Nordic covered bond outlook: What is 2014 issuance going to look like?

Nov 28th, 2013

The Nordic region is one of few exceptions this year in euro benchmark covered bonds in that overall net issuance is positive. Crédit Agricole CIB’s Florian Eichert looks ahead to assess what lies in store for Nordic supply in 2014.

In November last year, we had predicted around Eu105bn in total euro benchmark covered bond issuance for 2013. At the moment we are at Eu94bn, which compared with last year’s Eu106bn is a drop of around 11%. We have maybe another two weeks to go in 2013, which makes it highly likely that we are going to be around 10% shy of our initial 2013 forecast.

The main reason for the shortfall is that back in 2012 we had still factored in at least some euro covered bond issuance from the UK (we had expected Eu4bn) and Swiss banks (with Eu3bn) staying active in the covered bond market. Until today, with the sole exception of a Eu1bn euro benchmark from Abbey, none of the issuers from these countries has even started making an attempt to meet our expectations. Apart from Abbey it has been eerily quiet, as banks from the two countries have focussed more on deleveraging, capital deals and senior unsecured issuance.

Looking to the Nordic space, 2013 issuance stands at Eu16.25bn so far, while in November last year we had predicted euro benchmark covered bond issuance of Eu18bn. Looking at individual countries, issuance has reached 50% of our initial forecast in Denmark (which sounds dramatic, but we had simply assumed two benchmarks from Danske while the issuer printed only one), 65% in Finland (we would have expected Danske to be active from Finland as well, which didn’t turn out to be the case), we are almost spot on in Sweden with 92%, and, last but not least, Norway has exceeded our expectations by around one-third.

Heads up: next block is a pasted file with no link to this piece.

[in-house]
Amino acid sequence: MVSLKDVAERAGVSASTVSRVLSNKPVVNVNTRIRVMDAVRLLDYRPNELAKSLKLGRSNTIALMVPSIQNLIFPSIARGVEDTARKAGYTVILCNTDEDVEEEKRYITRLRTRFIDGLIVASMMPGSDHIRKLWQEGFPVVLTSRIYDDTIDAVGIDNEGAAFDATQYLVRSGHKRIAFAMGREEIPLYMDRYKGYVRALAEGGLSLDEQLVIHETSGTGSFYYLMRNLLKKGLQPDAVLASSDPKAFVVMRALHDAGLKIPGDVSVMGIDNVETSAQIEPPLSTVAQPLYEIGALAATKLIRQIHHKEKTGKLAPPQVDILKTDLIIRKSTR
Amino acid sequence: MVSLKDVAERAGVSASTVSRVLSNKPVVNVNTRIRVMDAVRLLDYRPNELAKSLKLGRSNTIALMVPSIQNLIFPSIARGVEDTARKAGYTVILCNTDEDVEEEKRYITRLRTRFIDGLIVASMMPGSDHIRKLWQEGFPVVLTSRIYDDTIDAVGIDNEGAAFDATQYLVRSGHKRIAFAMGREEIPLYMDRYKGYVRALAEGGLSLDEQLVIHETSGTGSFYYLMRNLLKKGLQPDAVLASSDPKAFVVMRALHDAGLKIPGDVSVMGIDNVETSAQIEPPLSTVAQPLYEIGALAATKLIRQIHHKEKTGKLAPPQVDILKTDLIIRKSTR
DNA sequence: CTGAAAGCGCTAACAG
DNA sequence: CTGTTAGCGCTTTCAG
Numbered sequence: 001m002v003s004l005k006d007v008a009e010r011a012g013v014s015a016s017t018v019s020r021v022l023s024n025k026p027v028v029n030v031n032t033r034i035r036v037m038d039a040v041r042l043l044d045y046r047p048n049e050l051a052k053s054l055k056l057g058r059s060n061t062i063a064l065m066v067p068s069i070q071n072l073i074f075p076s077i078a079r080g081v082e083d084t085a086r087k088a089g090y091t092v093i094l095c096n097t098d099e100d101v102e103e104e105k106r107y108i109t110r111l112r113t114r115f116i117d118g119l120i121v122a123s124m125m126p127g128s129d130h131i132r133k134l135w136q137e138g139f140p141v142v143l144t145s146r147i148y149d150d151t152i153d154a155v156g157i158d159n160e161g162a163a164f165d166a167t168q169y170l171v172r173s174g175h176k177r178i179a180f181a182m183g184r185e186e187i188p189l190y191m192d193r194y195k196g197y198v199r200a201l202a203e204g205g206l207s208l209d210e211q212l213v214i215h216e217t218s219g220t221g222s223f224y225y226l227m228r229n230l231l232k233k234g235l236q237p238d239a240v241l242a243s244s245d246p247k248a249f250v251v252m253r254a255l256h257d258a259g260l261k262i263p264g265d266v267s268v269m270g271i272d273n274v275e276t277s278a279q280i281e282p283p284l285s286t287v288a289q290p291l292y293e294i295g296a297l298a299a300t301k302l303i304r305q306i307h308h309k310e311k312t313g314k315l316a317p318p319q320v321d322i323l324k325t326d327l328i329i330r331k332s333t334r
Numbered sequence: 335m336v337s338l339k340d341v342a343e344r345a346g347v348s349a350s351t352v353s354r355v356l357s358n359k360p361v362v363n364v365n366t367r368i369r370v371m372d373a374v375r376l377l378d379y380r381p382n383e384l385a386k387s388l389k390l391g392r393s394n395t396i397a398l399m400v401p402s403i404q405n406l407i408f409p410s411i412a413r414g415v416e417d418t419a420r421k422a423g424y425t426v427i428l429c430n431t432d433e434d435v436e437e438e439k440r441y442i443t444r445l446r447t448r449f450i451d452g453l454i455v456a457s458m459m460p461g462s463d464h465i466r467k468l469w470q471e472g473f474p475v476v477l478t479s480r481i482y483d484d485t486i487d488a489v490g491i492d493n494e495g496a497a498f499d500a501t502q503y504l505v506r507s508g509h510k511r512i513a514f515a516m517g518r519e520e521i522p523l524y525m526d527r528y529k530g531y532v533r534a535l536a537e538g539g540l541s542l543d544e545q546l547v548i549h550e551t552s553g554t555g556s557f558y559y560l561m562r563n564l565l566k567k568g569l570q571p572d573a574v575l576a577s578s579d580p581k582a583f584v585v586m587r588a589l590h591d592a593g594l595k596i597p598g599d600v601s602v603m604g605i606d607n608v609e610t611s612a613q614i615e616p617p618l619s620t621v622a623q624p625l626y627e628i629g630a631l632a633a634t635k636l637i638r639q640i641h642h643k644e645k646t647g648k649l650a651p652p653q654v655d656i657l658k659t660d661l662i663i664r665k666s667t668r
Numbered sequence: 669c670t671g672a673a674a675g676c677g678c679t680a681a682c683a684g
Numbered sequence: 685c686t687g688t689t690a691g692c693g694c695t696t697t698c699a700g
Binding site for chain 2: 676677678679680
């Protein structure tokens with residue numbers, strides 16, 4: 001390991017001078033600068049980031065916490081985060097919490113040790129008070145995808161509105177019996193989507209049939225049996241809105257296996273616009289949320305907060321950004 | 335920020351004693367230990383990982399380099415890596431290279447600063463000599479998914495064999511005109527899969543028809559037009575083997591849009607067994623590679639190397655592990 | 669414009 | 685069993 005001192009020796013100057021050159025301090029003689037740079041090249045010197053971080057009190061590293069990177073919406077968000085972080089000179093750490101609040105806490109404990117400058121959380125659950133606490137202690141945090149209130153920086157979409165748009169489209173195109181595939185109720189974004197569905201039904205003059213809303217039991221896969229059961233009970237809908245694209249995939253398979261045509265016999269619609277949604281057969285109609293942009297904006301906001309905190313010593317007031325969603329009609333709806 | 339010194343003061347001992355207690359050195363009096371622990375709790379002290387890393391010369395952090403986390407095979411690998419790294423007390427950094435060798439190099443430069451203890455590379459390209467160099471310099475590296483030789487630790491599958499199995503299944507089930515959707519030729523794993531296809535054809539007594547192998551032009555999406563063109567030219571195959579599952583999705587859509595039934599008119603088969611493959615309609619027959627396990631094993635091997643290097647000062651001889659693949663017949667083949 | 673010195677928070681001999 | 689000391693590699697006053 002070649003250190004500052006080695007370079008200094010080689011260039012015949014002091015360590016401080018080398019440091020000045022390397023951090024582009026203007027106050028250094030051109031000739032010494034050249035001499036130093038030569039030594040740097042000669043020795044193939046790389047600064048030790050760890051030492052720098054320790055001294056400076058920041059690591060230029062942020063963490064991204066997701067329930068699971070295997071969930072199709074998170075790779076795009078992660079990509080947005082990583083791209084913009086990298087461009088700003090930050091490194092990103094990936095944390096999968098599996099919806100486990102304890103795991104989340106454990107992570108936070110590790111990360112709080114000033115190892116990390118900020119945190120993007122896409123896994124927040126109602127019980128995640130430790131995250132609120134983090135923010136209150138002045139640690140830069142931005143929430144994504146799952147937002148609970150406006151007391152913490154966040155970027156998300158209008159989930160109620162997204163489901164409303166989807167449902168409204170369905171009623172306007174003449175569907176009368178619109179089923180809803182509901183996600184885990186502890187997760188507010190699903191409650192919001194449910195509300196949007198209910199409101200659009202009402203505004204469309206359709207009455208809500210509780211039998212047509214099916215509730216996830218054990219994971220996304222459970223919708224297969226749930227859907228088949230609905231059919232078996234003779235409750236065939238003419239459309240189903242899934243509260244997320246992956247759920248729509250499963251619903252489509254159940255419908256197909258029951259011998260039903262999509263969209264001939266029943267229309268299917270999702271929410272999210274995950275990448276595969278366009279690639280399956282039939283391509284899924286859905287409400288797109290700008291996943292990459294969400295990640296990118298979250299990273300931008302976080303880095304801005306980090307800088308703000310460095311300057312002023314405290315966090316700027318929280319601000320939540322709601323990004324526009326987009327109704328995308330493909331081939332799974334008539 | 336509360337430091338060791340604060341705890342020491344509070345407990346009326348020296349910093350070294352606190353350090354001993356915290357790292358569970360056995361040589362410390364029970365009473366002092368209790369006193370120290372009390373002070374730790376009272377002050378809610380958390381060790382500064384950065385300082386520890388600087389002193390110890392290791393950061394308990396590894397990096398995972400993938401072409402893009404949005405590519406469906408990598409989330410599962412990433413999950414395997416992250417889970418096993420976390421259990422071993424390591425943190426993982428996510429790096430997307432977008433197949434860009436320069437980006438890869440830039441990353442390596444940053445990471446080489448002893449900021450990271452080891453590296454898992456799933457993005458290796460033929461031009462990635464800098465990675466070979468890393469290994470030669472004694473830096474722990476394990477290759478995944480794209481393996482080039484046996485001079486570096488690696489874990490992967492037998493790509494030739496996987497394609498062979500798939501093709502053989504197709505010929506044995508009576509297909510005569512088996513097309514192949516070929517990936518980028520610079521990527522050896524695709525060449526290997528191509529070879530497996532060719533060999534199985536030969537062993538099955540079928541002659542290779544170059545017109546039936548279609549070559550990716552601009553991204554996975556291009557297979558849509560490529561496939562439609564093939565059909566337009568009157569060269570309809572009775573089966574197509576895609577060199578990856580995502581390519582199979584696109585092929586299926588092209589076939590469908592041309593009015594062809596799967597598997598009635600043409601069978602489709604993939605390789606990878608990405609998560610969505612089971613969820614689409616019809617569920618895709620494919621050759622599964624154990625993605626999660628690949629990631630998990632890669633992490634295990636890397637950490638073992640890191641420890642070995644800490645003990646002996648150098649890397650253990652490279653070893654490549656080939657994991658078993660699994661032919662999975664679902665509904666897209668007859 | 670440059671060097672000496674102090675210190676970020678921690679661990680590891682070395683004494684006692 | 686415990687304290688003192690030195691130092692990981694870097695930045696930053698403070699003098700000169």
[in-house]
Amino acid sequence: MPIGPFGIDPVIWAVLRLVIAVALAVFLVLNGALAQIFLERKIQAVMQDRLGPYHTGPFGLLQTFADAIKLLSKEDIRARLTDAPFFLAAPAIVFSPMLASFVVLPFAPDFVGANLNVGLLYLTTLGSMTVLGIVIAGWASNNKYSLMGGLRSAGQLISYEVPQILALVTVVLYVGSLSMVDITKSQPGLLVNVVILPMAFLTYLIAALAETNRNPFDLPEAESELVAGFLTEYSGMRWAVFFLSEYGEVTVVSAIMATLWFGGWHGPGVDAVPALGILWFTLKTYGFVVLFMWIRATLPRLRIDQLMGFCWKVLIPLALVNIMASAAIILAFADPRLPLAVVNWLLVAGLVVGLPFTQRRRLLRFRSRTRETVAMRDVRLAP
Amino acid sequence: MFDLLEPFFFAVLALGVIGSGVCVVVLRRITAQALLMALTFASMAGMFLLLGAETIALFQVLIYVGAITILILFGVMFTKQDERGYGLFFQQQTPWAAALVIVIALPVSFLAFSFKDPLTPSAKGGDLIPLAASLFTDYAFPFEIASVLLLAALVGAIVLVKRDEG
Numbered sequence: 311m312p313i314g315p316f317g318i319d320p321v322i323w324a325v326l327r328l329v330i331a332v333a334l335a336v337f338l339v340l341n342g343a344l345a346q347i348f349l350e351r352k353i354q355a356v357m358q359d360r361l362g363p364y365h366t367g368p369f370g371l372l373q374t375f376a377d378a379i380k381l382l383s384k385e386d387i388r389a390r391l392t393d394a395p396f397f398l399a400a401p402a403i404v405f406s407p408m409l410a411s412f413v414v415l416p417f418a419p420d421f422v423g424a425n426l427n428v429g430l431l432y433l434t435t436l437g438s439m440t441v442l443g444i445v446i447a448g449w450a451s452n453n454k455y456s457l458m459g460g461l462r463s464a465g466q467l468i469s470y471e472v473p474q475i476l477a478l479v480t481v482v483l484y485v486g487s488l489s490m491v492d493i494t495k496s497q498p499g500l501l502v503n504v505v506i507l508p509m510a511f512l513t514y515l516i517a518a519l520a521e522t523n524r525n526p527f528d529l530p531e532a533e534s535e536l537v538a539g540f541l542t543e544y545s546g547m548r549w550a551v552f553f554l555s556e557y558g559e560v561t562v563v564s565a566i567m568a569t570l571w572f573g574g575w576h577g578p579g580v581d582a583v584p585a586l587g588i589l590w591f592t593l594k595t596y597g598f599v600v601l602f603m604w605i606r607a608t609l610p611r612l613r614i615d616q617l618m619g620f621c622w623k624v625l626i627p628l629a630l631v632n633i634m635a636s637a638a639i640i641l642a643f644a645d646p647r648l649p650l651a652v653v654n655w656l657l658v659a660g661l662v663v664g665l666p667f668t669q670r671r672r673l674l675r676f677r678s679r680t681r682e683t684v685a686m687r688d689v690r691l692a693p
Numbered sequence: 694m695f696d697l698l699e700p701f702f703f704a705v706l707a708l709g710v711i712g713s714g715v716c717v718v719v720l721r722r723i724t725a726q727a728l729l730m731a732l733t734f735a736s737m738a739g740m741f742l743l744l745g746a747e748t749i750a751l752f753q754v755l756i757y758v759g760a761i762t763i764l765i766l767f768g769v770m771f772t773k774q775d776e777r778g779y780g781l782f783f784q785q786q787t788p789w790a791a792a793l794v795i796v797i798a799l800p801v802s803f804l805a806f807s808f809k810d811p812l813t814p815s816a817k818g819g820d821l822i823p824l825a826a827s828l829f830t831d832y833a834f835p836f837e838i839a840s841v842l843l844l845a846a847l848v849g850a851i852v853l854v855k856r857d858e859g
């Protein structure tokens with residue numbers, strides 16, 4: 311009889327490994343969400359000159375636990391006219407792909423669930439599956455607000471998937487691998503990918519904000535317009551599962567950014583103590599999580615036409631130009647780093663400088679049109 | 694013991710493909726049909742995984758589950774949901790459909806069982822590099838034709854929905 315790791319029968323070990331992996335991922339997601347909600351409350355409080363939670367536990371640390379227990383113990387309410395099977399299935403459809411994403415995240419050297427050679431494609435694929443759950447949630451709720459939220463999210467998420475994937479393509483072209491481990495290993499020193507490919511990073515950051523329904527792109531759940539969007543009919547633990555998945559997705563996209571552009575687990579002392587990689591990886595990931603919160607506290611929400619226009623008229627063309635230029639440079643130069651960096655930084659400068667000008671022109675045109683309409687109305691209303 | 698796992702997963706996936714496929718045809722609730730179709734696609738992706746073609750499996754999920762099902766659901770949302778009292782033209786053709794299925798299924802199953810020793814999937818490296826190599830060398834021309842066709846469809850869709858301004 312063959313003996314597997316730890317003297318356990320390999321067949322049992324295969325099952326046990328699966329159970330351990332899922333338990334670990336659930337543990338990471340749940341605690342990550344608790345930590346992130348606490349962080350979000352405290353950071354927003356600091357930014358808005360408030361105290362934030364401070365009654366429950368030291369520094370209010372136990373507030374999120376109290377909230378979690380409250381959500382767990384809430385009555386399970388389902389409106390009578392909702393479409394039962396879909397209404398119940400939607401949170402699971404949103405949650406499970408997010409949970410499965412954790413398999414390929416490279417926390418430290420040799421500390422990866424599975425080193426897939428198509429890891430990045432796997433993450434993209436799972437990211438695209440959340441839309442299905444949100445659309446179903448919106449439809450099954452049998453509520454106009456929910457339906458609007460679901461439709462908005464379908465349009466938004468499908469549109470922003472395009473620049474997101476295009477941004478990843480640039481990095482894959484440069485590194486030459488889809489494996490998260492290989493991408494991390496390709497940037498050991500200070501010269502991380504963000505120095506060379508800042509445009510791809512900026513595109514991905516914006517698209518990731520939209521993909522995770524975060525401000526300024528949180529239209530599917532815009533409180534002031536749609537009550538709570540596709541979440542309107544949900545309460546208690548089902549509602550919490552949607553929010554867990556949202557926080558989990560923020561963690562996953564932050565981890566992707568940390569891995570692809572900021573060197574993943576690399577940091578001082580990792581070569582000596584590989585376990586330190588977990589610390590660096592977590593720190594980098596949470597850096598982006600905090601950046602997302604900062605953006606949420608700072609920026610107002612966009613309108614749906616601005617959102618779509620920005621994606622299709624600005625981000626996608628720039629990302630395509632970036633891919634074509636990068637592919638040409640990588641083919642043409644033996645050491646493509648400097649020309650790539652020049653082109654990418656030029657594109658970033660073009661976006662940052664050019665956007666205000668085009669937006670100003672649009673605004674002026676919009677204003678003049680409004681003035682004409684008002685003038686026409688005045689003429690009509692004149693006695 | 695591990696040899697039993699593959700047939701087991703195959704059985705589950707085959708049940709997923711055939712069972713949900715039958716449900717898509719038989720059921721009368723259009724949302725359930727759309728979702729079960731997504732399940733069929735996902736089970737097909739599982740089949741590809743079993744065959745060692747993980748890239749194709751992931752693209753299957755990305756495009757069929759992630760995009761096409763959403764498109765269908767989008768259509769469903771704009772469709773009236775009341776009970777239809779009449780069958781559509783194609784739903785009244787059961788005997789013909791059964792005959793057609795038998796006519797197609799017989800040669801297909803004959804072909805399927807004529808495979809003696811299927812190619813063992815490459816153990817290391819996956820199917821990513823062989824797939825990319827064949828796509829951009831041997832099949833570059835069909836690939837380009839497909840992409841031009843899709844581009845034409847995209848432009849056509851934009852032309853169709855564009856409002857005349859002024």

Because redemptions in the overall euro benchmark covered bond market surged from Eu99bn in 2012 to Eu149bn in 2013, overall net issuance this year is going to be deeply negative, by almost Eu60bn. The Nordic region is one of the few exceptions as it managed to achieve net positive issuance of Eu7.5bn, with Eu3.5bn, Eu2.8bn and Eu1.5bn in Norway, Finland and Sweden, respectively. Only Denmark ended up with a small net negative issuance, of Eu0.3bn.

Nordic 2013 issuance

Despite having become a global product, international covered bond markets are still a euro dominated space. This is where most of the issuance takes place (82% of year-to-date benchmark covered bond issuance was in euros after merely 65% in 2012) and also where most investors sit. Looking at 2013 issuance, the relative position of euro markets has been reinforced as, at -11%, the fall in gross issuance was far less pronounced in euros than was the case in other currency areas. US dollar benchmark covered bond issuance currently stands at less than half of 2012’s volumes (down 53% to Eu15.6bn equivalent, or $21.0bn), while sterling issuance has almost entirely collapsed (down 81% to Eu2.7bn equivalent, or £2.25bn).